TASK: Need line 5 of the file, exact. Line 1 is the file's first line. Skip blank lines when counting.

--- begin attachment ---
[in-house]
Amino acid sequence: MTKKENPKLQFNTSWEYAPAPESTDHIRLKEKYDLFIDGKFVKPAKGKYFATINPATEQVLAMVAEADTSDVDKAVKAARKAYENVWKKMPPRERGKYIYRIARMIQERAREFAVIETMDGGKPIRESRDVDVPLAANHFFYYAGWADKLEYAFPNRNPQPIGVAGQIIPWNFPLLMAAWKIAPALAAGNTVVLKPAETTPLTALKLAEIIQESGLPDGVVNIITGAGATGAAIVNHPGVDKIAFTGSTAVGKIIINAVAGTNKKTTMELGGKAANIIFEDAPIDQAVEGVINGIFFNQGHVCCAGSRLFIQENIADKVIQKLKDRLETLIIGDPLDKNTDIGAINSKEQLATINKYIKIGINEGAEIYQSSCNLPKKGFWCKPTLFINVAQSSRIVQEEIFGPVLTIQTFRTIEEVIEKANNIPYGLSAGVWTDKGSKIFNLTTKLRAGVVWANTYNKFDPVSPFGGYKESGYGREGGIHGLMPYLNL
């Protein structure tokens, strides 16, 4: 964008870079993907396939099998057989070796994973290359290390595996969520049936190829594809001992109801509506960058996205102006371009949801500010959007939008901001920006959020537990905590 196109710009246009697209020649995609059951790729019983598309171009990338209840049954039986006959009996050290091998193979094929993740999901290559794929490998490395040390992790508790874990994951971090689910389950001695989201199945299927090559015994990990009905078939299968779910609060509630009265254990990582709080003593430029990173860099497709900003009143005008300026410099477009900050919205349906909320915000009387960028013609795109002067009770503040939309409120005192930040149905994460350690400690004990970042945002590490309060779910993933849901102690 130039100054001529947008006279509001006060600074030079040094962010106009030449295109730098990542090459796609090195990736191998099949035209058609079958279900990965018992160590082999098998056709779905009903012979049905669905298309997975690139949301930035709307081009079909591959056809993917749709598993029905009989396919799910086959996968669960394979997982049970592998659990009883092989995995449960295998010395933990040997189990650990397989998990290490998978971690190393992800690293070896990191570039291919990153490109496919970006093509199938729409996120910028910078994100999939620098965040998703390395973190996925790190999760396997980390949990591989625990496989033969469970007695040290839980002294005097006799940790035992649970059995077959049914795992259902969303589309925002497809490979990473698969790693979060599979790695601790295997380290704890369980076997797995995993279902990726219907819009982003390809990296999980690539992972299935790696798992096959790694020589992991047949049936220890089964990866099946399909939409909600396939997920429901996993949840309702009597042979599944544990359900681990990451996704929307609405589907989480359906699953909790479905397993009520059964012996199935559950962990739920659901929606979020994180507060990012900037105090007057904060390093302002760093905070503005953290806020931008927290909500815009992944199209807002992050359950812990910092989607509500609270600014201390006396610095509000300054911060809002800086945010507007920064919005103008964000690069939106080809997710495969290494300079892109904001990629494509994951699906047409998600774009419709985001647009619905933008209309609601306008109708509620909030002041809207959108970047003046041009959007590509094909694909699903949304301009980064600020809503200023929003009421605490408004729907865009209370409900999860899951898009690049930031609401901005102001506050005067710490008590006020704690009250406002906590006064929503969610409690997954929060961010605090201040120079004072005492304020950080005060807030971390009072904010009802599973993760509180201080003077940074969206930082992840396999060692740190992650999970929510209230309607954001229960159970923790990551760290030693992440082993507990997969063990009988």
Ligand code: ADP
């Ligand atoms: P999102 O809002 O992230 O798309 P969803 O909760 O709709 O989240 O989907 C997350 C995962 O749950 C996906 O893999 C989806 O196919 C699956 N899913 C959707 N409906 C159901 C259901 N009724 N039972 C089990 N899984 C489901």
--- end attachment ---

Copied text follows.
């Ligand atoms: P999102 O809002 O992230 O798309 P969803 O909760 O709709 O989240 O989907 C997350 C995962 O749950 C996906 O893999 C989806 O196919 C699956 N899913 C959707 N409906 C159901 C259901 N009724 N039972 C089990 N899984 C489901």